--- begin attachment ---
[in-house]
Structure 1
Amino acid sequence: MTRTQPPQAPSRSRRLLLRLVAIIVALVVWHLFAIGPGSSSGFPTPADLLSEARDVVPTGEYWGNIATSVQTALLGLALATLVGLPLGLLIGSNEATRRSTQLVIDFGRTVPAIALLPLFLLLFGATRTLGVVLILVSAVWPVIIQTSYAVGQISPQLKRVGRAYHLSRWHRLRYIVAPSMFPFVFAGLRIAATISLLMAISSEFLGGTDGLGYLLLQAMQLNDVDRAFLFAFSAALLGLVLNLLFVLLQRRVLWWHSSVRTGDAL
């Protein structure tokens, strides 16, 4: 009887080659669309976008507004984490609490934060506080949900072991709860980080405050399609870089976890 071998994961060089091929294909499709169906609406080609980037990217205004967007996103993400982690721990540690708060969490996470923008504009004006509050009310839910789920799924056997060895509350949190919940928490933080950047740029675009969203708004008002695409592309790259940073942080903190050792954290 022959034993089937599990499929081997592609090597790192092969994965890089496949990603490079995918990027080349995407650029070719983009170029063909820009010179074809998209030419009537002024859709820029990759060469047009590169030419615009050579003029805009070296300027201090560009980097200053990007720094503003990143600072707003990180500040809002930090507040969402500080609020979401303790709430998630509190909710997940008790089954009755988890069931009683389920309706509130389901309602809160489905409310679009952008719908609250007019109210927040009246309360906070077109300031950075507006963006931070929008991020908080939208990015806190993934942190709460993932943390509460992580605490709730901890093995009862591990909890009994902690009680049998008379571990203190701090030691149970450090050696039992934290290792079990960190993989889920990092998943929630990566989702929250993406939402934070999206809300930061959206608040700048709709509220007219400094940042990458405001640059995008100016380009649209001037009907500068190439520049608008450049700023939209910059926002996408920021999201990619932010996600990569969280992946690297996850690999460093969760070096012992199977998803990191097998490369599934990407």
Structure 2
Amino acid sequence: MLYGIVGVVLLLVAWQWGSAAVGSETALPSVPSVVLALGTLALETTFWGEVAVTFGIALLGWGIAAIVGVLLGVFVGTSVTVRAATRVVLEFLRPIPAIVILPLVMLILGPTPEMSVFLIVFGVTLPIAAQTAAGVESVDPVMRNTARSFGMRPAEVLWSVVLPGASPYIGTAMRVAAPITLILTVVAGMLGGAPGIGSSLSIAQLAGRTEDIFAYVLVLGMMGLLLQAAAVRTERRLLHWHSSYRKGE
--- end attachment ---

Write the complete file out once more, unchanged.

[in-house]
Structure 1
Amino acid sequence: MTRTQPPQAPSRSRRLLLRLVAIIVALVVWHLFAIGPGSSSGFPTPADLLSEARDVVPTGEYWGNIATSVQTALLGLALATLVGLPLGLLIGSNEATRRSTQLVIDFGRTVPAIALLPLFLLLFGATRTLGVVLILVSAVWPVIIQTSYAVGQISPQLKRVGRAYHLSRWHRLRYIVAPSMFPFVFAGLRIAATISLLMAISSEFLGGTDGLGYLLLQAMQLNDVDRAFLFAFSAALLGLVLNLLFVLLQRRVLWWHSSVRTGDAL
């Protein structure tokens, strides 16, 4: 009887080659669309976008507004984490609490934060506080949900072991709860980080405050399609870089976890 071998994961060089091929294909499709169906609406080609980037990217205004967007996103993400982690721990540690708060969490996470923008504009004006509050009310839910789920799924056997060895509350949190919940928490933080950047740029675009969203708004008002695409592309790259940073942080903190050792954290 022959034993089937599990499929081997592609090597790192092969994965890089496949990603490079995918990027080349995407650029070719983009170029063909820009010179074809998209030419009537002024859709820029990759060469047009590169030419615009050579003029805009070296300027201090560009980097200053990007720094503003990143600072707003990180500040809002930090507040969402500080609020979401303790709430998630509190909710997940008790089954009755988890069931009683389920309706509130389901309602809160489905409310679009952008719908609250007019109210927040009246309360906070077109300031950075507006963006931070929008991020908080939208990015806190993934942190709460993932943390509460992580605490709730901890093995009862591990909890009994902690009680049998008379571990203190701090030691149970450090050696039992934290290792079990960190993989889920990092998943929630990566989702929250993406939402934070999206809300930061959206608040700048709709509220007219400094940042990458405001640059995008100016380009649209001037009907500068190439520049608008450049700023939209910059926002996408920021999201990619932010996600990569969280992946690297996850690999460093969760070096012992199977998803990191097998490369599934990407």
Structure 2
Amino acid sequence: MLYGIVGVVLLLVAWQWGSAAVGSETALPSVPSVVLALGTLALETTFWGEVAVTFGIALLGWGIAAIVGVLLGVFVGTSVTVRAATRVVLEFLRPIPAIVILPLVMLILGPTPEMSVFLIVFGVTLPIAAQTAAGVESVDPVMRNTARSFGMRPAEVLWSVVLPGASPYIGTAMRVAAPITLILTVVAGMLGGAPGIGSSLSIAQLAGRTEDIFAYVLVLGMMGLLLQAAAVRTERRLLHWHSSYRKGE